Politicians from all parties are engaged in an arms race of rhetoric in relation to their approach to children in contact with the criminal justice system. The media fuels the arms race with sensationalist headlines: ‘yobs’, ‘asbo kids’, ‘monsters’ and ‘evil’ have become common place, encouraging a vicious cycle in which politicians find themselves locked into increasing the punitive stakes to satisfy the appetites of the media and populist opinion.
The increasingly punitive approach that has emerged over the last 20 years, whether it be in creating more crimes, creating longer sentences, or reducing the quality of type of prison that children are sent to, have left our society in a position where we are spending £415 million a year on incarcerating children in prisons that do not work – a shocking 75% of children reoffend within a year of being released, higher than any other age group in prison.
Behind the headlines and political rhetoric lie the facts of who these children are. 71% of children in custody have been involved with or in the care of social services; 2 out of 5 girls and 1 out of 4 boys have suffered violence at home; 1 in 3 girls and 1 in 20 boys have suffered sexual abuse. Educational, behavioural and mental health problems are rife – 85% show signs of a personality disorder. The prevalence of depression, self harm and suicide is higher amongst incarcerated children that any other sector in our society – 89% of girls in our prisons deliberately self-harm and children in custody are 18 times more prone to take their own life than children of the same age in the community.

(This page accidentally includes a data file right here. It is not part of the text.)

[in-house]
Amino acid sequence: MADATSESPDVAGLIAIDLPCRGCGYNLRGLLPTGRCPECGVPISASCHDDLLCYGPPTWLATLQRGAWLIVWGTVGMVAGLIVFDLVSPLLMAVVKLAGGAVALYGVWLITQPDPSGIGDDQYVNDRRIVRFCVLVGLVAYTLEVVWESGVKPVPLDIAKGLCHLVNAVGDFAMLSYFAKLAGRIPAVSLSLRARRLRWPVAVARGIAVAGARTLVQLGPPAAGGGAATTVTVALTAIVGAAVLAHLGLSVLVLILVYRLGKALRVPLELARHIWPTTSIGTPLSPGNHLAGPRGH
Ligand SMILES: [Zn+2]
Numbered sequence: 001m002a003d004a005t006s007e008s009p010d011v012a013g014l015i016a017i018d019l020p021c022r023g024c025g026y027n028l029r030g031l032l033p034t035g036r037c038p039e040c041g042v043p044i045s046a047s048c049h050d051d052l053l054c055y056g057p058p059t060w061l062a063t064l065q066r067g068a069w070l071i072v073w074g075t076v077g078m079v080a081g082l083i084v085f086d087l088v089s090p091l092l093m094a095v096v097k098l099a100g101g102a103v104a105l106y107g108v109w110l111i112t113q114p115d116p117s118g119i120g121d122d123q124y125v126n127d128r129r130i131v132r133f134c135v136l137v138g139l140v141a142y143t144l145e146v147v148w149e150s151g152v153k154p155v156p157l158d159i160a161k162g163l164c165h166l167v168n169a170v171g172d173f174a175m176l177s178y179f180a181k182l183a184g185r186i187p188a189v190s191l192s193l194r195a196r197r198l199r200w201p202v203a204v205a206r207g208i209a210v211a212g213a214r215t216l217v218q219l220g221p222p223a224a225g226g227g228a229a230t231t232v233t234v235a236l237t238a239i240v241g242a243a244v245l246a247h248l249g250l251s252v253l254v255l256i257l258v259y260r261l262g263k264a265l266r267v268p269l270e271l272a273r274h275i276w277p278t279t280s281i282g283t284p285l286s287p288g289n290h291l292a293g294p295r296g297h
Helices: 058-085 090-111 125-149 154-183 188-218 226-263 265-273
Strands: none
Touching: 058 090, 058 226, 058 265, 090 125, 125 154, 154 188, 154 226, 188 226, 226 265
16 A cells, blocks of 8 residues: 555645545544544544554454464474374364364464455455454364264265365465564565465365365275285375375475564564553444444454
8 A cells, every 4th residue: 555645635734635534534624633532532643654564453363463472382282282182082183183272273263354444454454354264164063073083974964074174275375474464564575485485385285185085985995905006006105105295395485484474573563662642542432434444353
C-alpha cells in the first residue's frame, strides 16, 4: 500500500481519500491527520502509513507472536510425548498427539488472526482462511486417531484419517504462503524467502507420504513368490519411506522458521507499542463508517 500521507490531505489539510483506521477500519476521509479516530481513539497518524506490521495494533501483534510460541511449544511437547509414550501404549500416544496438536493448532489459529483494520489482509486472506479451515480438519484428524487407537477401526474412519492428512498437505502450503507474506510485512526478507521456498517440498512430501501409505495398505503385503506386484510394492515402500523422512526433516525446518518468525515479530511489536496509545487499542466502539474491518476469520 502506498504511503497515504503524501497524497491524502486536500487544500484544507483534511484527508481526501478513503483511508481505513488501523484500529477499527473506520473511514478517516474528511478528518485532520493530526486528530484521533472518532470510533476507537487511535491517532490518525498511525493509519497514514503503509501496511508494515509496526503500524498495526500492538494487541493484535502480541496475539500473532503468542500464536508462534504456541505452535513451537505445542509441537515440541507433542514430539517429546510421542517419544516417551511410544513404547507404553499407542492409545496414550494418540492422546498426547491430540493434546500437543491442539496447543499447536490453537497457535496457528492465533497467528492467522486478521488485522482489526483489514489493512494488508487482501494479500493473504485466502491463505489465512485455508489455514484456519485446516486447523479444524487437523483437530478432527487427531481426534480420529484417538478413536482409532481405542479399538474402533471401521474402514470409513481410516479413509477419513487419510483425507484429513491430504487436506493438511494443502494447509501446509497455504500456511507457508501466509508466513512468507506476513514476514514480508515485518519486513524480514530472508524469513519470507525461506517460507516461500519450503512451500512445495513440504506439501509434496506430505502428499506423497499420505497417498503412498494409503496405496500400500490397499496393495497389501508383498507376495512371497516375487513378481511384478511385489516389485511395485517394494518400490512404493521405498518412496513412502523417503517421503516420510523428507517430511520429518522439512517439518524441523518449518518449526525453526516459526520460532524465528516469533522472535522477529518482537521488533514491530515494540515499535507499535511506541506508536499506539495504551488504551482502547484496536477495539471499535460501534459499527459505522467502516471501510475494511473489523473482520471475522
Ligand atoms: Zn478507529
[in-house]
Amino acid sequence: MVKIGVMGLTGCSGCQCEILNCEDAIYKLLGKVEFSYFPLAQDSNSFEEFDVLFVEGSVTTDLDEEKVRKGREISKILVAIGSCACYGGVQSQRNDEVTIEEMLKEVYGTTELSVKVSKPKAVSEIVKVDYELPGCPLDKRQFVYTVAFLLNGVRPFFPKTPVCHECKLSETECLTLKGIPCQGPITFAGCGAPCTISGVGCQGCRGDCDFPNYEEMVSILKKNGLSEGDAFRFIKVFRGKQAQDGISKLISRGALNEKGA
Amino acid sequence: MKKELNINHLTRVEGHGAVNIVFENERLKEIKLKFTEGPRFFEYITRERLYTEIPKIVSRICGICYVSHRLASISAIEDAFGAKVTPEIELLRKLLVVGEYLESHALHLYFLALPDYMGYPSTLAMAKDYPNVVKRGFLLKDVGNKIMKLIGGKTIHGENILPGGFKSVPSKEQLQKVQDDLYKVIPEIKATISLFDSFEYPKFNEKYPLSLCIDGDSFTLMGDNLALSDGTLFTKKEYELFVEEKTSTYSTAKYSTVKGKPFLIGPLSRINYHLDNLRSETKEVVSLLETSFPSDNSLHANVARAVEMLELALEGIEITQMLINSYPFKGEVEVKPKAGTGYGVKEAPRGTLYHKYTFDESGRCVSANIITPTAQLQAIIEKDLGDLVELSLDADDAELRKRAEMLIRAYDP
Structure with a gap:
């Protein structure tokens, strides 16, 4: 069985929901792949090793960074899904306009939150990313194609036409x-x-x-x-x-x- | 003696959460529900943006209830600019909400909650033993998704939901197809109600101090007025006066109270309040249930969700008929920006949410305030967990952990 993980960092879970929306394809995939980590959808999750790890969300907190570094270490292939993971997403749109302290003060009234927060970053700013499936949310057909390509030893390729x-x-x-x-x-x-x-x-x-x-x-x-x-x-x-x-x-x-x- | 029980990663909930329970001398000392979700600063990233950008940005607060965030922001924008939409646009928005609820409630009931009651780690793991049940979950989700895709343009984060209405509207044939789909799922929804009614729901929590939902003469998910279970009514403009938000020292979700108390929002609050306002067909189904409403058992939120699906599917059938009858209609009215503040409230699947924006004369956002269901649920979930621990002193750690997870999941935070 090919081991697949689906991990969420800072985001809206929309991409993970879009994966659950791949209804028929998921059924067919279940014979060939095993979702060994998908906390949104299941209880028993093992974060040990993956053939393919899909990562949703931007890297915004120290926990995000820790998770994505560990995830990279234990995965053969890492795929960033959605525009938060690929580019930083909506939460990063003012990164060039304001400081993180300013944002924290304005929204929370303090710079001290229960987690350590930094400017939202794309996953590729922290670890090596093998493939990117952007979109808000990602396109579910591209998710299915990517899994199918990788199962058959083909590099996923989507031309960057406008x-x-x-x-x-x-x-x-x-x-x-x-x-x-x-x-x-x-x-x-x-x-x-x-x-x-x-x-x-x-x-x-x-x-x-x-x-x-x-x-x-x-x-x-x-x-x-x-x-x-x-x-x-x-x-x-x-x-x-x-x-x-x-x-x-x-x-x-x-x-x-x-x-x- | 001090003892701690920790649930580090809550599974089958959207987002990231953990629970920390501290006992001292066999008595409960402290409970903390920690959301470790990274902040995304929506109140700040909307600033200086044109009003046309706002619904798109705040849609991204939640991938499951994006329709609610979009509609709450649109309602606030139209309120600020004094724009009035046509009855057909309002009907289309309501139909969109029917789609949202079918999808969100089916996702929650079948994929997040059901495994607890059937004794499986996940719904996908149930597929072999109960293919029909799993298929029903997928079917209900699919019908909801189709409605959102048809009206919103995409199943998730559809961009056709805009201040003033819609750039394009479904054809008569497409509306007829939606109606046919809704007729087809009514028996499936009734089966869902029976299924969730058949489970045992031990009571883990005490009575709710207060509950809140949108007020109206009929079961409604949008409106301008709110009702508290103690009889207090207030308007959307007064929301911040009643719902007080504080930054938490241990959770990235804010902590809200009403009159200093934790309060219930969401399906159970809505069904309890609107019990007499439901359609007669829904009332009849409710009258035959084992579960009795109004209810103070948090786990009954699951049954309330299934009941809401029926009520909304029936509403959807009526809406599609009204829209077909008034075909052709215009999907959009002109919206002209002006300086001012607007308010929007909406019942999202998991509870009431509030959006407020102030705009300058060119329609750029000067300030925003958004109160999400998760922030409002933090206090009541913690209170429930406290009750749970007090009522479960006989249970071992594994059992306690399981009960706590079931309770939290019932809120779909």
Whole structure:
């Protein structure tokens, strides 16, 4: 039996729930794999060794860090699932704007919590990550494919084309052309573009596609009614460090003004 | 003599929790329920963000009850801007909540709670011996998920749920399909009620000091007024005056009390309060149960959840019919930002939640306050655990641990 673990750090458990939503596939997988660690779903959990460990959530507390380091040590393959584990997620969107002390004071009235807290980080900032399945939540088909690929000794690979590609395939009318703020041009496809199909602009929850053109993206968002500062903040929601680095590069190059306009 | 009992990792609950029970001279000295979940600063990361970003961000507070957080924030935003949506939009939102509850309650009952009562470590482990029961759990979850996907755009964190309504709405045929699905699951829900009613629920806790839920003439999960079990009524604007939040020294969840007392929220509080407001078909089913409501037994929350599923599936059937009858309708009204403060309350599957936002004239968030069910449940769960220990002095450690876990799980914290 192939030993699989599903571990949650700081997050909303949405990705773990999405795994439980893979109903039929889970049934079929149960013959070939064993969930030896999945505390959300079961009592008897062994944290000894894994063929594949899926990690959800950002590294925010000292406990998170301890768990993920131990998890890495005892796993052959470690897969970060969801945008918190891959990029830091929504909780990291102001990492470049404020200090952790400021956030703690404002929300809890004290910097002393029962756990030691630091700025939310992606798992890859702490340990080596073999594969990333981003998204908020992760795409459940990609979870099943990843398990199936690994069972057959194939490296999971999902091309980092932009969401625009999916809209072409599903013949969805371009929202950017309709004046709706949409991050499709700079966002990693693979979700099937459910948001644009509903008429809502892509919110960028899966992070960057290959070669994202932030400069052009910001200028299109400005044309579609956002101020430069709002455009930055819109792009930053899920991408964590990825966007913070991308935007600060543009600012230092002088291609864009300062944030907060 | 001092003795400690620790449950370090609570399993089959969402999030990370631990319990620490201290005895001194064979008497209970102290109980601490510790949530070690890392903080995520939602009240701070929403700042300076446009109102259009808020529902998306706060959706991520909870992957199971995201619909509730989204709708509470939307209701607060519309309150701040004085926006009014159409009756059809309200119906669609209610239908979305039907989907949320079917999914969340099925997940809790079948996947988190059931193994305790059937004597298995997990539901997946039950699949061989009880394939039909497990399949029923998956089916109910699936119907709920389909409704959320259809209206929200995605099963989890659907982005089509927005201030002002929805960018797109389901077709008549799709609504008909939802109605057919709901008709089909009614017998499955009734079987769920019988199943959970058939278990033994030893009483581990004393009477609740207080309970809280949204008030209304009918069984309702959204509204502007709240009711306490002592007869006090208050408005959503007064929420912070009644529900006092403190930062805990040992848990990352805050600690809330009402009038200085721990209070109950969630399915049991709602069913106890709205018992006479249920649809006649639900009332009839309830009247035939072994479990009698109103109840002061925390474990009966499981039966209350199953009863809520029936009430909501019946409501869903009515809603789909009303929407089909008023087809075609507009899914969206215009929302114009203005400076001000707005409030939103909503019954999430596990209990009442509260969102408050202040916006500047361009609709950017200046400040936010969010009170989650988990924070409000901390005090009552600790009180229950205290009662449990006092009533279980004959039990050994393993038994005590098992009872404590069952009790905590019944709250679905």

Children in prison are the product of chaos, neglect and abuse, but rather than help these children we incarcerate them, locking them away with the problems in our society we would rather not face. To continue the rhetoric arms race is both nonsensical and irresponsible. It damages these children further at an extraordinary cost to the tax payer. But it is easier to separate these children from the rest of us, to point the finger of blame and label them as an ‘other’ than to take responsibility that it is our society and its failings that has made them who they are.
the Howard League for Penal Reform